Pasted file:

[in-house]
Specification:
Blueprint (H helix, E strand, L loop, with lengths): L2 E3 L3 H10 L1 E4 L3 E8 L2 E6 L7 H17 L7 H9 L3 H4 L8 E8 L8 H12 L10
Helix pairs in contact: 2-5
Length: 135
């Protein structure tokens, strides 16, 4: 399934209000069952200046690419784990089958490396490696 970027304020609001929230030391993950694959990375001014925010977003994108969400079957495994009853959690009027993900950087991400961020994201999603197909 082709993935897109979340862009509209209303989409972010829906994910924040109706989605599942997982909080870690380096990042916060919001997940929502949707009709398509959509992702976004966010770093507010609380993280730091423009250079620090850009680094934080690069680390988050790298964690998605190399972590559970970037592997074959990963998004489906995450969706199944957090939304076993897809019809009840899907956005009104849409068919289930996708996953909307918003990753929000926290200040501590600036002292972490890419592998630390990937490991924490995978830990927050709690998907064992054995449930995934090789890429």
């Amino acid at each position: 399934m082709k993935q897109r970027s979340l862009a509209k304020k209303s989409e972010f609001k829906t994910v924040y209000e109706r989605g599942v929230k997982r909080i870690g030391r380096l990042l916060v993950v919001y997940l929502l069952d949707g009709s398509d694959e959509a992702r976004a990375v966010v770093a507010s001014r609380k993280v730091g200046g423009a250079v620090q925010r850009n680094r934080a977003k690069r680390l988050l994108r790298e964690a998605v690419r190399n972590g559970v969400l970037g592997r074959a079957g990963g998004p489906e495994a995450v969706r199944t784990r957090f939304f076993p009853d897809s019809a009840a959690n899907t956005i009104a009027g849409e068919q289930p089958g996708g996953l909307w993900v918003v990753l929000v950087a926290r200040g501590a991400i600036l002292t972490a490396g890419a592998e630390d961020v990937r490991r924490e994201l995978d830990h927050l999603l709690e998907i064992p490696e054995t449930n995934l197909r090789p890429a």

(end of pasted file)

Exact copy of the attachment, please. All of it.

[in-house]
Specification:
Blueprint (H helix, E strand, L loop, with lengths): L2 E3 L3 H10 L1 E4 L3 E8 L2 E6 L7 H17 L7 H9 L3 H4 L8 E8 L8 H12 L10
Helix pairs in contact: 2-5
Length: 135
């Protein structure tokens, strides 16, 4: 399934209000069952200046690419784990089958490396490696 970027304020609001929230030391993950694959990375001014925010977003994108969400079957495994009853959690009027993900950087991400961020994201999603197909 082709993935897109979340862009509209209303989409972010829906994910924040109706989605599942997982909080870690380096990042916060919001997940929502949707009709398509959509992702976004966010770093507010609380993280730091423009250079620090850009680094934080690069680390988050790298964690998605190399972590559970970037592997074959990963998004489906995450969706199944957090939304076993897809019809009840899907956005009104849409068919289930996708996953909307918003990753929000926290200040501590600036002292972490890419592998630390990937490991924490995978830990927050709690998907064992054995449930995934090789890429």
């Amino acid at each position: 399934m082709k993935q897109r970027s979340l862009a509209k304020k209303s989409e972010f609001k829906t994910v924040y209000e109706r989605g599942v929230k997982r909080i870690g030391r380096l990042l916060v993950v919001y997940l929502l069952d949707g009709s398509d694959e959509a992702r976004a990375v966010v770093a507010s001014r609380k993280v730091g200046g423009a250079v620090q925010r850009n680094r934080a977003k690069r680390l988050l994108r790298e964690a998605v690419r190399n972590g559970v969400l970037g592997r074959a079957g990963g998004p489906e495994a995450v969706r199944t784990r957090f939304f076993p009853d897809s019809a009840a959690n899907t956005i009104a009027g849409e068919q289930p089958g996708g996953l909307w993900v918003v990753l929000v950087a926290r200040g501590a991400i600036l002292t972490a490396g890419a592998e630390d961020v990937r490991r924490e994201l995978d830990h927050l999603l709690e998907i064992p490696e054995t449930n995934l197909r090789p890429a």